[Sarin Nerve Toxin -- $150B per gallon.]
Tests Confirm Sarin in Iraqi Artillery Shell
FOXNEWS -- May 18, 2004
NEW YORK — Tests on an artillery shell that blew up in Iraq on Saturday confirm that it did contain an estimated three or four liters of the deadly nerve agent sarin (search), Defense Department officials told Fox News Tuesday.
The artillery shell was being used as an improvised roadside bomb, the U.S. military said Monday. The 155-mm shell exploded before it could be rendered inoperable, and two U.S. soldiers were treated for minor exposure to the nerve agent.
Three liters is about three-quarters of a gallon; four liters is a little more than a gallon.
"A little drop on your skin will kill you" in the binary form, said Ret. Air Force Col. Randall Larsen, founder of Homeland Security Associates. "So for those in immediate proximity, three liters is a lot," but he added that from a military standpoint, a barrage of shells with that much sarin in them would more likely be used as a weapon than one single shell.
The soldiers displayed "classic" symptoms of sarin exposure, most notably dilated pupils and nausea, officials said. The symptoms ran their course fairly quickly, however, and as of Tuesday the two had returned to duty.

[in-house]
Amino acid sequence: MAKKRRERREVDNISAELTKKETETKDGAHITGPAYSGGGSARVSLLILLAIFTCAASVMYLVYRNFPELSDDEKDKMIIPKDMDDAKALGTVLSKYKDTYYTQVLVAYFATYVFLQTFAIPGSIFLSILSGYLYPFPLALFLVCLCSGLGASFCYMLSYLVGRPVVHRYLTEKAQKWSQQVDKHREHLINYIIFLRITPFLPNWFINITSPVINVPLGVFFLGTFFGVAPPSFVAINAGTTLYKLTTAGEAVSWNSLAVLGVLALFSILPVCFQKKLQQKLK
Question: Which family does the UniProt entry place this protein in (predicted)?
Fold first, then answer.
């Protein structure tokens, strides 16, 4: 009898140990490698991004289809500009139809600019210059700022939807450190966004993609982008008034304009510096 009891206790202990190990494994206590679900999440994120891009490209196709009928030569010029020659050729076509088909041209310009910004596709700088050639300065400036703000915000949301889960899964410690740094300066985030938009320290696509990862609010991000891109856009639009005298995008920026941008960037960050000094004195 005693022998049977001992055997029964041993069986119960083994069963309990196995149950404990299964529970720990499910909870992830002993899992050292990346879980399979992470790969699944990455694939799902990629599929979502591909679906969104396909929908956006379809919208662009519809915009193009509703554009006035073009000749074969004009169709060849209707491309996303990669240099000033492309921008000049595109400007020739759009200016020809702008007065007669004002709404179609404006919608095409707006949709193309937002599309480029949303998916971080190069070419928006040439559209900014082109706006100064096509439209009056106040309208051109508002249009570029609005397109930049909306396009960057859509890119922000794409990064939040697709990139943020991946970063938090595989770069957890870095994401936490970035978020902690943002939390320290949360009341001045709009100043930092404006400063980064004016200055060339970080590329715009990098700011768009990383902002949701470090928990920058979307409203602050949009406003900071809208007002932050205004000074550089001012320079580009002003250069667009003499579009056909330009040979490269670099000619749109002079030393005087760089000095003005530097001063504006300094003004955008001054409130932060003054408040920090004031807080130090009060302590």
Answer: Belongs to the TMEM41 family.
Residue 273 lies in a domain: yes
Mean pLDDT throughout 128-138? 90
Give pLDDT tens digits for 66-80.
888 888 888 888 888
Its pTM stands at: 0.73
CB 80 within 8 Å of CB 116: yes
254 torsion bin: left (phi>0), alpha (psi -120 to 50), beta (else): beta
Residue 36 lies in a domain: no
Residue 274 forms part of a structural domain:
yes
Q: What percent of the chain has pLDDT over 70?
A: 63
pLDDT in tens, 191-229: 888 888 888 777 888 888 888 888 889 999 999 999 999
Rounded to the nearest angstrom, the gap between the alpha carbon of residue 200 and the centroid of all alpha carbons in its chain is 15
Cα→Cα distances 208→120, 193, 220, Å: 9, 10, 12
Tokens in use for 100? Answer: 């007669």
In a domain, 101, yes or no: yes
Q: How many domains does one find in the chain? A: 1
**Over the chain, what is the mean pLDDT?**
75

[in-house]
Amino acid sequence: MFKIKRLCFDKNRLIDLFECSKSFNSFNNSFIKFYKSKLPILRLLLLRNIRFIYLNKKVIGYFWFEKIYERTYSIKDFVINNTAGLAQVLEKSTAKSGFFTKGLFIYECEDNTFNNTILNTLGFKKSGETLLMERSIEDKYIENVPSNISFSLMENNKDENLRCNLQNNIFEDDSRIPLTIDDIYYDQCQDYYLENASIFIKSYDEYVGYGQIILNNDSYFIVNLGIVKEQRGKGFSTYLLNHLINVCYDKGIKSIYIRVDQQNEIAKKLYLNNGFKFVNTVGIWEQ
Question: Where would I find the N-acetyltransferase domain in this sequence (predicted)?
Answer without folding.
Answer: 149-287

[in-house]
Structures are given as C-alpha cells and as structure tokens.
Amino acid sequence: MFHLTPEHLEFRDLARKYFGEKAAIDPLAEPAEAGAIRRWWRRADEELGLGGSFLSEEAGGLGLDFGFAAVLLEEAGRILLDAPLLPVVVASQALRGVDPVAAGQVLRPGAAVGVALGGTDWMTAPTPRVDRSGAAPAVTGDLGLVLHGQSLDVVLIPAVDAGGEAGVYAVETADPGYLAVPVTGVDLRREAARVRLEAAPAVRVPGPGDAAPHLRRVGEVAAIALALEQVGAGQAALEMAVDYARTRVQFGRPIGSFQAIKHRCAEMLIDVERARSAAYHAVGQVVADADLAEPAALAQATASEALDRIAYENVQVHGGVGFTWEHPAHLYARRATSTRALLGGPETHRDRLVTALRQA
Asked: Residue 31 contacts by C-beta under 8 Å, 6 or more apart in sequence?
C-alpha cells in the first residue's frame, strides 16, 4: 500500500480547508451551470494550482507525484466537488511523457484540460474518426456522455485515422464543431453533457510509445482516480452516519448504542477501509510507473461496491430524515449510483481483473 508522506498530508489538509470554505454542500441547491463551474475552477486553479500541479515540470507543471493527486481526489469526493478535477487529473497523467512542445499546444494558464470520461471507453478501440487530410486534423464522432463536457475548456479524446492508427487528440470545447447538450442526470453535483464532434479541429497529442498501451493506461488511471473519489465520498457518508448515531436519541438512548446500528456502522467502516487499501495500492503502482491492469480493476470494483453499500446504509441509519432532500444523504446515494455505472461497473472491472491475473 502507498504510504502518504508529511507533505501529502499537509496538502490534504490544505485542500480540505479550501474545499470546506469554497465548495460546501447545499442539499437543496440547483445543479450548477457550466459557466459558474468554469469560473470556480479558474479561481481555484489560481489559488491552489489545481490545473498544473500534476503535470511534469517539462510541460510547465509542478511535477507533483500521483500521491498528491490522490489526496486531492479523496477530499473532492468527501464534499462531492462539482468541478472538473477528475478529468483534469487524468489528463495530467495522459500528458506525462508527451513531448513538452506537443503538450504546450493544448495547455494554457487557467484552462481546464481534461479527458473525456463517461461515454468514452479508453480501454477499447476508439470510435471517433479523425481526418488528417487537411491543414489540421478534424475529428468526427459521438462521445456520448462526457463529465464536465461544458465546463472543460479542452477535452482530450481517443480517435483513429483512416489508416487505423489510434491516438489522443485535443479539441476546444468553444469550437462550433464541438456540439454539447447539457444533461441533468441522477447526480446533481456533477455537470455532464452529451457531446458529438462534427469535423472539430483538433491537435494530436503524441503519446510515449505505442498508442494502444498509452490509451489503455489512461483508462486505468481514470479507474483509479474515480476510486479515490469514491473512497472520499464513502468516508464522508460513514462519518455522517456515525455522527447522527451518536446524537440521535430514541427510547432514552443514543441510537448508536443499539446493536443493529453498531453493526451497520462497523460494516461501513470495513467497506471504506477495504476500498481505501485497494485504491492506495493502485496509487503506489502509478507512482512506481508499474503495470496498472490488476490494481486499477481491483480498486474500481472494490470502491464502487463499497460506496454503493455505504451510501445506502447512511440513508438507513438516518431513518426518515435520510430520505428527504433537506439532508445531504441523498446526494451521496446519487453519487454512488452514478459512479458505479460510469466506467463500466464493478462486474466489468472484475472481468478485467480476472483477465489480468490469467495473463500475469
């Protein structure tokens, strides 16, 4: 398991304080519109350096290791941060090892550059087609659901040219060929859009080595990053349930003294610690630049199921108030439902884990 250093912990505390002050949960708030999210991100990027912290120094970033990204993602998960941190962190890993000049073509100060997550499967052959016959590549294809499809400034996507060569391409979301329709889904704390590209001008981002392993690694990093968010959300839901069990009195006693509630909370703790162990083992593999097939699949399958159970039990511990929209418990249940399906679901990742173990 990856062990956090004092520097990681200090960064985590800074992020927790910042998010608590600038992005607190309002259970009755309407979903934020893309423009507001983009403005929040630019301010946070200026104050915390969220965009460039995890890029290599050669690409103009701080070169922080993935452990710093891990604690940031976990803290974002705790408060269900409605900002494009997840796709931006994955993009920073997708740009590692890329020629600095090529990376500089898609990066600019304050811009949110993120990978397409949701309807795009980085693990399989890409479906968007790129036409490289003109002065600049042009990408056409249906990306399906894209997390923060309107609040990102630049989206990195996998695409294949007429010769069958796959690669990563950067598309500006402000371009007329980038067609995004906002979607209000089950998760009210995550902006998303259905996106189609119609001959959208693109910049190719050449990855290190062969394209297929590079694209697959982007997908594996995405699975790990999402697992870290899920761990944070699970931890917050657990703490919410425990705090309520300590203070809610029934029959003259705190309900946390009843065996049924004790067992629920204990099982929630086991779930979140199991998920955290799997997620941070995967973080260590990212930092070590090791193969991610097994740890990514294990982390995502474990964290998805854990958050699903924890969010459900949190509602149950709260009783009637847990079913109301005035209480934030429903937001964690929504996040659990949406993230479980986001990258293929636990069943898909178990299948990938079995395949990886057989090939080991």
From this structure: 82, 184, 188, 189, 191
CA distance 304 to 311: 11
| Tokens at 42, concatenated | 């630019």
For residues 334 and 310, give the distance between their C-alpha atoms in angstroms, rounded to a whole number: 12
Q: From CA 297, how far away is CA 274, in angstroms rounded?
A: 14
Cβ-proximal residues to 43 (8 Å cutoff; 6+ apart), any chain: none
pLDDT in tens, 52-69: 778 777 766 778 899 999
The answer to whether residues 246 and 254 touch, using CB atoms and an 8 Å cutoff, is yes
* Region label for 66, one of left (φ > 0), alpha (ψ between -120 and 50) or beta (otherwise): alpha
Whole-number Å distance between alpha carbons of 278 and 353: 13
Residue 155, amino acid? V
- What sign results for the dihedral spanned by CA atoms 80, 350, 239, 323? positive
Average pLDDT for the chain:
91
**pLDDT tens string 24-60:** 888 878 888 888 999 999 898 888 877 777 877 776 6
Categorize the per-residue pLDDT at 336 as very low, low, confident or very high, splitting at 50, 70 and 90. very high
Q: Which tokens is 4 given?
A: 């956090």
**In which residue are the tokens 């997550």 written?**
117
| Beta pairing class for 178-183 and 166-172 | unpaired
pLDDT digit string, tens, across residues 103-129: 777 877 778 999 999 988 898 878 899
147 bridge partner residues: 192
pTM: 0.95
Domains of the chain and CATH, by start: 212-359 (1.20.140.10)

The munition found was a binary chemical shell, meaning it featured two chambers, each containing separate chemical compounds. Upon impact with the ground after the shell is fired, the barrier between the chambers is broken, the chemicals mix and sarin is created and dispersed.
Intelligence officials stressed that the compounds did not mix effectively on Saturday. Due to the detonation, burn-off and resulting spillage, it was not clear exactly how much harmful material was inside the shell.
A 155-mm shell can hold two to five liters of sarin; three to four liters is likely the right number, intelligence officials said.
Another shell filled with mustard gas (search), possibly also part of an improvised explosive device (IED) was discovered on May 2, Defense Dept. officials said.
The second shell was found by passing soldiers in a median on a thoroughfare west of Baghdad. It probably was simply left there by someone, officials said, and it was unclear whether it was meant to be used as a bomb.